She’s Not There

Absent Agency in Video Games

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While a great deal of scholarship is devoted to the problematic aspects of female representation in the stereotypically male-dominated sphere of video games, less interest lies in an alternative depiction of women that, while not predominant, exists in some video games: that of the ‘absent woman.’ There are games that feature female characters that, though heavily represented throughout the game in various forms, are not physically depicted in any thorough way. This representation might take the form of the unseen character providing narration, leaving traces of themselves in notes, leaving behind memories and/or intentions that live on inside of other characters, to name just a few examples. Continue Reading

A Better World

Examples of Disability in Overwatch

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Video games, like any other cultural product, reflect the cultural values that influence their creation; these values then influence perceptions on what is normal and acceptable in a social context (Flanagan and Nissenbaum 2014). Mass media shapes the perceptions of disability by influencing the language used to talk about disabilities, including what is (or -perhaps more significantly-, what is not) covered by news outlets and other mass media (Haller 2010). The invisibility of those with disabilities continues to be normalized when they are left out of media such as video games. Continue Reading

Savage Beasts

The Spatial Conflict Between Civilization and Nature in The Elder Scrolls V: Skyrim

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It is hard to talk about playing the fantasy role-playing game (RPG) The Elder Scrolls V: Skyrim without talking about its digital environment. Its vastness. The freedom with which players can move through it. With an impressive “16 square miles” (Hong p. 42) of digital landscape on offer, there certainly is a lot of world to explore. Continue Reading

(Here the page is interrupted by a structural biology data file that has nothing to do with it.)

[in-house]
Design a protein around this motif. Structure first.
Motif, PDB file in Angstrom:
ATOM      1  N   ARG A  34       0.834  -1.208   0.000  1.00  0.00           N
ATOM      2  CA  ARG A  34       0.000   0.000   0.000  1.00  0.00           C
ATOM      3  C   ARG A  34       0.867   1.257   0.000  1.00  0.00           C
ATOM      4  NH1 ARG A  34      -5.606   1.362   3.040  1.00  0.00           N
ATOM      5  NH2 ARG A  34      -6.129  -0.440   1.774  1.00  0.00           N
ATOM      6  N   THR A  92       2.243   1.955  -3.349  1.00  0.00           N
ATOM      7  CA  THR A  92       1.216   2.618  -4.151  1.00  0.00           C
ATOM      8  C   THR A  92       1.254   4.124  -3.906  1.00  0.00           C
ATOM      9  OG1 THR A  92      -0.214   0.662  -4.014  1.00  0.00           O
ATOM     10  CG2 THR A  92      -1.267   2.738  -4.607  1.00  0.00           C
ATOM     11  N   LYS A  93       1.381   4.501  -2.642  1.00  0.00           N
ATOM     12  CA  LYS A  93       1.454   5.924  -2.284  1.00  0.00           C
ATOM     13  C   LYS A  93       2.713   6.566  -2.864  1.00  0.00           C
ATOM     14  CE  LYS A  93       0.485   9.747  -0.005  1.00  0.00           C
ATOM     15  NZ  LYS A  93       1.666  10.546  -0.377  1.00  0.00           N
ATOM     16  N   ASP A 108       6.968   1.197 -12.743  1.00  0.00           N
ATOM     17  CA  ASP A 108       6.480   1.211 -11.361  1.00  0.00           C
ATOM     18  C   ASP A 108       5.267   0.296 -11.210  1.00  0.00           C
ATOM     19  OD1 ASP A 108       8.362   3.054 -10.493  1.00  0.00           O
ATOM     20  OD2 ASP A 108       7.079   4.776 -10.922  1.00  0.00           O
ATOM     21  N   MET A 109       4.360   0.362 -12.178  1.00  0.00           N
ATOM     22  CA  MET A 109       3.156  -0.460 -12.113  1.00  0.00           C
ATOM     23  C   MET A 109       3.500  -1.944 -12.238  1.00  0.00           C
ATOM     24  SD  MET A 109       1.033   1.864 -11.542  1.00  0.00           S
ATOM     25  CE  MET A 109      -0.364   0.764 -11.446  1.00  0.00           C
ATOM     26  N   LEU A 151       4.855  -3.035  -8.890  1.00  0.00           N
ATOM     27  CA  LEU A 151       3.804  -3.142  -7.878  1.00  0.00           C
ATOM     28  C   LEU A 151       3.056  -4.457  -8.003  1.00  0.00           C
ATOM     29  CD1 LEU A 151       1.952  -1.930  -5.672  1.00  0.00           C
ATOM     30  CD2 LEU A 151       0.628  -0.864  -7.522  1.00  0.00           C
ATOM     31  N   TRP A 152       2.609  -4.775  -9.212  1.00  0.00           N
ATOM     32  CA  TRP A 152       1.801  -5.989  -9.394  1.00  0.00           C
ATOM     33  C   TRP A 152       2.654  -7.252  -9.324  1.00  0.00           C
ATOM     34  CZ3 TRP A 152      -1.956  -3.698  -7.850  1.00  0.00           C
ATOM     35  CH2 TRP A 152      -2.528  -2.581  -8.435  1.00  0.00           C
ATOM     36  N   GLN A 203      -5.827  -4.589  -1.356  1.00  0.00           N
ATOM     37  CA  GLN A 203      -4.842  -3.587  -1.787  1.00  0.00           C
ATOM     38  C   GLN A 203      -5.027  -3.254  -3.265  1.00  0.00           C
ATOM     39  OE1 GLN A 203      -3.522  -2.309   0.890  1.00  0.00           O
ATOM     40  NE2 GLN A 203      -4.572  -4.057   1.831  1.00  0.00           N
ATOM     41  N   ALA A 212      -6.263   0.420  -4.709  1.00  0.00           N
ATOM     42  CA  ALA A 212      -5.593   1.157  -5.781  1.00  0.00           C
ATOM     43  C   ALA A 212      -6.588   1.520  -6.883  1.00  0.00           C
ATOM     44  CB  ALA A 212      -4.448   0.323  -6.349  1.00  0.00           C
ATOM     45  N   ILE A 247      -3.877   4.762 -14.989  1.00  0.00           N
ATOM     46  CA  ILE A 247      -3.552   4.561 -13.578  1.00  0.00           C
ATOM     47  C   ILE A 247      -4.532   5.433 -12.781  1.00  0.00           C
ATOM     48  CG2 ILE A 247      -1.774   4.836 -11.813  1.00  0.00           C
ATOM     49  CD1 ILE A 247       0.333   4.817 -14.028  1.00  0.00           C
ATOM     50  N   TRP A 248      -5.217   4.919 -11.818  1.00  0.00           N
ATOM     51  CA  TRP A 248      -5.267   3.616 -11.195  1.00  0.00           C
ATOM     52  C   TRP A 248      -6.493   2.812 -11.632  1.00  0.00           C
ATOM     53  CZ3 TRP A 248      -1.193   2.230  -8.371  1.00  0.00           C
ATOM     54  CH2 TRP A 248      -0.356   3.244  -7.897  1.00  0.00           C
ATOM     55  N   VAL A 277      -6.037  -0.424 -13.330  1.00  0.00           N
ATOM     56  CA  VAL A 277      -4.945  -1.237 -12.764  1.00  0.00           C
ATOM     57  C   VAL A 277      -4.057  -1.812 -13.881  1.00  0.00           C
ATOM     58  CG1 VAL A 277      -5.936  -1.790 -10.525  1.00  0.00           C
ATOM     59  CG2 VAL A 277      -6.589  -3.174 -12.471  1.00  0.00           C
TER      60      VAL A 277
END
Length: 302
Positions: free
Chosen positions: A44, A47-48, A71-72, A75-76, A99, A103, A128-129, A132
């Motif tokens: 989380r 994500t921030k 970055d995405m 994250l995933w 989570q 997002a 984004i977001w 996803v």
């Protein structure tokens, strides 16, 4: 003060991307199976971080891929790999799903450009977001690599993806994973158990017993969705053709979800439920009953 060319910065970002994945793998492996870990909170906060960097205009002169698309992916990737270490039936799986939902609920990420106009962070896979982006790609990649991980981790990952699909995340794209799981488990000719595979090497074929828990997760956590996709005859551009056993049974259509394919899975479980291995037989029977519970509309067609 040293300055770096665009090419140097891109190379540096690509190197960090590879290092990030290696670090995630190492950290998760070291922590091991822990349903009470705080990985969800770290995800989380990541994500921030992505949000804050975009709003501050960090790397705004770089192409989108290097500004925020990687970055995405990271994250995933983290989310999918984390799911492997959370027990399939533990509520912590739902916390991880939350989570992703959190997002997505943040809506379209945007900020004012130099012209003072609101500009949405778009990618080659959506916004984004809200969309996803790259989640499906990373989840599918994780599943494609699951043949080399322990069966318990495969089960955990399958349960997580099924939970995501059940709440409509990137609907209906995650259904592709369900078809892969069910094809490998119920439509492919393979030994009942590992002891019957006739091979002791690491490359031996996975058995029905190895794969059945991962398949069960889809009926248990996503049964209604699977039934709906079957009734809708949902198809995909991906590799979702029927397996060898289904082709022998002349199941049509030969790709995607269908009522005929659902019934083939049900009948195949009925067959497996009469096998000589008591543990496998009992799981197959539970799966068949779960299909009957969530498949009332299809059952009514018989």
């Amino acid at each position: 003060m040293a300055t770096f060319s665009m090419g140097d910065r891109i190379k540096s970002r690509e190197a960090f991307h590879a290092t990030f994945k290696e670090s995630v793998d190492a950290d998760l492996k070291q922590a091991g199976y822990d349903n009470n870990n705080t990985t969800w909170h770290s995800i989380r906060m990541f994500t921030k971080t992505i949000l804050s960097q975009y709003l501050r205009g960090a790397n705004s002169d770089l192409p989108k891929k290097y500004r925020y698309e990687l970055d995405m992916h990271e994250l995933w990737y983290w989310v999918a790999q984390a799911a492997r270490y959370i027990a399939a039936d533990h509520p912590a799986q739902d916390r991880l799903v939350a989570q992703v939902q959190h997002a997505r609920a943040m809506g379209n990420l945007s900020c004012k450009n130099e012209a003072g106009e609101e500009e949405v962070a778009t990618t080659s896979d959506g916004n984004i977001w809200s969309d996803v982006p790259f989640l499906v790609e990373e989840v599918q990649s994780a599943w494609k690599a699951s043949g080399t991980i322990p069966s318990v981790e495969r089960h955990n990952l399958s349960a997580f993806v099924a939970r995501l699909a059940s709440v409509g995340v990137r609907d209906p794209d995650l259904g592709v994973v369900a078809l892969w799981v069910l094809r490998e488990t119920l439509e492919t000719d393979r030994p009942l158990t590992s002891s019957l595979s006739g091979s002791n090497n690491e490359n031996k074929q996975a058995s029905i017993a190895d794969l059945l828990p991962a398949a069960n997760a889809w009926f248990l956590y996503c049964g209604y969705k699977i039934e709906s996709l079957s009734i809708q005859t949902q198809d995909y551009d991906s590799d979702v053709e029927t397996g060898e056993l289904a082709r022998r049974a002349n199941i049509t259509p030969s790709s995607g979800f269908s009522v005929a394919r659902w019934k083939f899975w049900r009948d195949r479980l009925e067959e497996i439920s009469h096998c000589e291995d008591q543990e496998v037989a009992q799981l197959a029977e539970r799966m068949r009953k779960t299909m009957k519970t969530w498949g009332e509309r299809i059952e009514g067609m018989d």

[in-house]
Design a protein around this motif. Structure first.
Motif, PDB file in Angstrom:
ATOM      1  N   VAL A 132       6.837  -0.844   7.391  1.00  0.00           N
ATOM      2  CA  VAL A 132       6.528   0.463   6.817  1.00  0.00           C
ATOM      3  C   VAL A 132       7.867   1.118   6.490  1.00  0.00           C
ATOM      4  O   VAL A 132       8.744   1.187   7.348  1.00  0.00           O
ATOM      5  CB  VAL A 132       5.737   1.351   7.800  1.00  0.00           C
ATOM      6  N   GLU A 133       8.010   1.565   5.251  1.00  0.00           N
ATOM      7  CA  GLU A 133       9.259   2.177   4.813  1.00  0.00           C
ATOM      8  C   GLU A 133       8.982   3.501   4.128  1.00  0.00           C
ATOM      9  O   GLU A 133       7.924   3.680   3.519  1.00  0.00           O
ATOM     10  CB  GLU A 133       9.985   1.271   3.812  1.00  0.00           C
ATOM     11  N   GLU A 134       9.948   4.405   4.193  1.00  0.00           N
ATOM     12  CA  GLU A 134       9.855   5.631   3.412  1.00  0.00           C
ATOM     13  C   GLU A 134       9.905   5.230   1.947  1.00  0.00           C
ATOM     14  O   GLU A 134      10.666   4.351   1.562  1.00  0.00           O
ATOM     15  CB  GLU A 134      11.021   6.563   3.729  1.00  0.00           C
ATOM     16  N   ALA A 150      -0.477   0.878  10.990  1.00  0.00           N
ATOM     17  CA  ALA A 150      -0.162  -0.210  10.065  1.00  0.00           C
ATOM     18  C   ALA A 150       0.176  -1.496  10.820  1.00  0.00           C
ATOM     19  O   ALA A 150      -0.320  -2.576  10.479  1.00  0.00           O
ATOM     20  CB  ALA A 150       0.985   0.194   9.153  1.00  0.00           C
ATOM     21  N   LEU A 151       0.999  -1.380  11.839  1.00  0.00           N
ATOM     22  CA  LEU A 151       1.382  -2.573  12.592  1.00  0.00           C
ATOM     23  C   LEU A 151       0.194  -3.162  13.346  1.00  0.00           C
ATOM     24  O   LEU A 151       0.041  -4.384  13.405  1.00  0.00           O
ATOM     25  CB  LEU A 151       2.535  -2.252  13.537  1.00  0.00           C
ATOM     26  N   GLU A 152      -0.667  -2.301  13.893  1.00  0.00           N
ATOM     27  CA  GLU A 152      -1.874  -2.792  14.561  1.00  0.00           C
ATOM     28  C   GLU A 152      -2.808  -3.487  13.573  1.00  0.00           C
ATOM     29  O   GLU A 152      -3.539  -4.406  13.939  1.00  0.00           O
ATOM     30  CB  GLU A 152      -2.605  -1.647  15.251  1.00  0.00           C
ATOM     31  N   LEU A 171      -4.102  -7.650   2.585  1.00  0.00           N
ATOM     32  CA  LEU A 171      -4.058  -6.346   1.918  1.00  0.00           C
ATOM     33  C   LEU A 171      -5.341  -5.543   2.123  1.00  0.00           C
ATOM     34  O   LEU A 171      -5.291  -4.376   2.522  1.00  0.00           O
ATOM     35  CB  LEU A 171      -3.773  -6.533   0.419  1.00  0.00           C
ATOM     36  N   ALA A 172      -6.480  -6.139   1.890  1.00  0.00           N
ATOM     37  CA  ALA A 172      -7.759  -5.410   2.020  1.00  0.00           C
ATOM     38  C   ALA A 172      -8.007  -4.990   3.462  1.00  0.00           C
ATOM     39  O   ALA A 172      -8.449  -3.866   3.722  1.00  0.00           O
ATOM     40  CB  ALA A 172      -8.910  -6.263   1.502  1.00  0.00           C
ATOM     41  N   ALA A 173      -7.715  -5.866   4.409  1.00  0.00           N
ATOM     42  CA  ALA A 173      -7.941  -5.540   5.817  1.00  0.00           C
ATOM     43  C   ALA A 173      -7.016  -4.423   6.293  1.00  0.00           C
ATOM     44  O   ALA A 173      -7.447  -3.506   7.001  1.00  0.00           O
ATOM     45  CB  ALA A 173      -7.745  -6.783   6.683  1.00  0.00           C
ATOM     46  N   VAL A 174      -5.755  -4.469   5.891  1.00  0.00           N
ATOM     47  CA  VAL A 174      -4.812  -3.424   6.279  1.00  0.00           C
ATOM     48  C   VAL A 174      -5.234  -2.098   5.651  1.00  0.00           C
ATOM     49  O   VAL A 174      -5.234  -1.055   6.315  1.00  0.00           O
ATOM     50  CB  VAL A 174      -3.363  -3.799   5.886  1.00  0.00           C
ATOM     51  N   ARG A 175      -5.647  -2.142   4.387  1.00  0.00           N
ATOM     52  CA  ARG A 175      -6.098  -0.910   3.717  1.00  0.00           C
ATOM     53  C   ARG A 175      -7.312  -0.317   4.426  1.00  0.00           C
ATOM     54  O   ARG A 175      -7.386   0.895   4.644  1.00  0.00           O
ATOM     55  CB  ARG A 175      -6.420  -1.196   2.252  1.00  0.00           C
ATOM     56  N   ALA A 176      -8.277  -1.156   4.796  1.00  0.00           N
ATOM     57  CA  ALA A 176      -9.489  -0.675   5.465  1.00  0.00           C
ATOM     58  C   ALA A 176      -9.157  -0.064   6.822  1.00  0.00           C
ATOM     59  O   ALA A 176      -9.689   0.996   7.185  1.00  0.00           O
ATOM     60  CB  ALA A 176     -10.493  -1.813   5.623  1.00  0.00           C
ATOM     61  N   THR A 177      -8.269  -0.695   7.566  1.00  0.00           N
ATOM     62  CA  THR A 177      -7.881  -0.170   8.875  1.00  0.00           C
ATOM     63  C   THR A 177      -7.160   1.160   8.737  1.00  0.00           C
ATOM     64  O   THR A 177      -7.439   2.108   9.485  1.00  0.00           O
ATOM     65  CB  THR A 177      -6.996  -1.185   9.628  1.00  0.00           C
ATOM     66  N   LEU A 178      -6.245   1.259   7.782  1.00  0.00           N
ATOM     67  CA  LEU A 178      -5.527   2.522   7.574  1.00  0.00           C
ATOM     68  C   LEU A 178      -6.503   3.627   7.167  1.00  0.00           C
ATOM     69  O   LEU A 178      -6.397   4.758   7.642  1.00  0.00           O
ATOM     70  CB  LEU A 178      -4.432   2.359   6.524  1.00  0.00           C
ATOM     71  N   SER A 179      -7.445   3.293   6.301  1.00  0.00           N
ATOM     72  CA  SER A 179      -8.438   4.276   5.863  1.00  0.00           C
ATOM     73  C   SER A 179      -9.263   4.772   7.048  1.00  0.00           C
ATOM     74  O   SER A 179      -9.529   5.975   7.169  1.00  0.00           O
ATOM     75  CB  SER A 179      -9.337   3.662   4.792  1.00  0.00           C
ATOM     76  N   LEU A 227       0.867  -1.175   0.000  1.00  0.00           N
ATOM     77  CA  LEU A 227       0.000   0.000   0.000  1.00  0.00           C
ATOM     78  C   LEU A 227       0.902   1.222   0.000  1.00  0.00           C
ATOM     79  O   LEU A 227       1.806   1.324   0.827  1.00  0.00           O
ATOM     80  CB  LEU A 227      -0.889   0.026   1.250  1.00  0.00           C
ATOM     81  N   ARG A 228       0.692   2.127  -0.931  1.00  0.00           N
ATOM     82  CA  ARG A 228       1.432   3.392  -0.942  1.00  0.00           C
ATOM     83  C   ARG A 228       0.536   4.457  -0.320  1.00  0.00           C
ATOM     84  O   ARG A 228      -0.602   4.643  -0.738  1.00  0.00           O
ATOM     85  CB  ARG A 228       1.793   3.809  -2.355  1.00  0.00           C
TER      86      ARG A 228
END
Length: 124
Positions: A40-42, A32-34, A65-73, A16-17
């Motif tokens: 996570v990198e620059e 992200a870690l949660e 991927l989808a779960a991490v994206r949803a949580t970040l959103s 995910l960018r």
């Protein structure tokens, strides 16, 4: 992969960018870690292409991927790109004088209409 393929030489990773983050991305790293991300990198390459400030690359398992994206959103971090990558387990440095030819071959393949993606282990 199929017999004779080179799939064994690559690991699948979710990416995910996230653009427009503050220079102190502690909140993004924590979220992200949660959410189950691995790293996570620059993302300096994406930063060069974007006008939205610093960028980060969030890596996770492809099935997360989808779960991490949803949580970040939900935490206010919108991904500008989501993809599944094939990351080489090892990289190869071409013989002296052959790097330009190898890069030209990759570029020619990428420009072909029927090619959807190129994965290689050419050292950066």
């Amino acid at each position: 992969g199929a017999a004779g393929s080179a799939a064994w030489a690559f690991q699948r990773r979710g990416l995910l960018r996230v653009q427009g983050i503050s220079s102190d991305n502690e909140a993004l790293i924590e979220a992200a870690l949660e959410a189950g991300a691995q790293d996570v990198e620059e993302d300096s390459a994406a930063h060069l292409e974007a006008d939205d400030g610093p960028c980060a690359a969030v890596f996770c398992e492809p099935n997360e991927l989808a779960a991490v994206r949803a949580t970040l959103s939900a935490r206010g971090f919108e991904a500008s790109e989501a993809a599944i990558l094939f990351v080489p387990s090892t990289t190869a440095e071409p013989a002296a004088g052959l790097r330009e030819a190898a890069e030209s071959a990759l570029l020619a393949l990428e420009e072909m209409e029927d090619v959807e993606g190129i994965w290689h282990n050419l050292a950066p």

“The World Could Always Use More Heroes”

Why Overwatch Matters

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Earlier this year, I presented my dissertation research in the Game Studies area of the Popular Culture Association / American Culture Association conference; the community among these interdisciplinary scholars was so great that I ended up sticking around for almost every panel on games for the rest of the weekend. And I was struck by a common theme: Blizzard Entertainment’s team-based first-person shooter Overwatch (2016) came up in almost every one! Continue Reading

It Gets Worse…

The Female Voice in Video Games

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Despite their historically tumultuous relationship with issues of gender and representation, many scholars and game journalists have argued that video games are generally moving in the right direction (Lynch, Tompkins, van Driel & Fritz, 2016; McNally, 2016), at least visually. While progress on the image front has taken us from scantily-clad polygon Barbies to humbly-garbed warrior women, vocals – we argue – have done the opposite, regressing from synthetic vowels to overdramatized breathy moans. Continue Reading

Magic: the Gathering and Gay Representation Through Play

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“Kynaios and Tiro of Meletis” (henceforth referred to as ‘K&T’) is the only representation of a living, explicitly gay couple on a MtG card, ever. Thanks to heteronormativity, most players will assume that people shown on other cards are probably cisgender and heterosexual, so this puts pressure on K&T to represent gay people. While the effectiveness of representation as a tool of activism is not the focus of this essay, and I do not claim that positive representation is a cure-all for prejudice, the way K&T is represented in MtG is important to and for queer folks in terms of normalization, acceptance, and empowerment. Unfortunately, K&T is not our panacea. Its mechanics invite awkward interpretations and practices by MtG’s community of players despite initially looking successful. To explain, I’ll cover how procedurality works in MtG, then discuss how the various aspects of this card are implicit in the discourse it engenders. Continue Reading

The Malkavians’ World

Representations of Mental Health in Vampire: The Masquerade Bloodlines

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Games, we know, do not have the best reputation in terms of representation. Through the decades, games have gained notoriety for excluding people who aren’t seen as their target audience: especially women, people of color, and people of different sexualities. On top of that, certain genres—particularly military shooters and horror games—have developed a reputation for stigmatizing people with mental illnesses. Too often these games equate people who have a mental illness with monsters and/or villains. For example, Silent Hill (Konami, 1999) … Continue Reading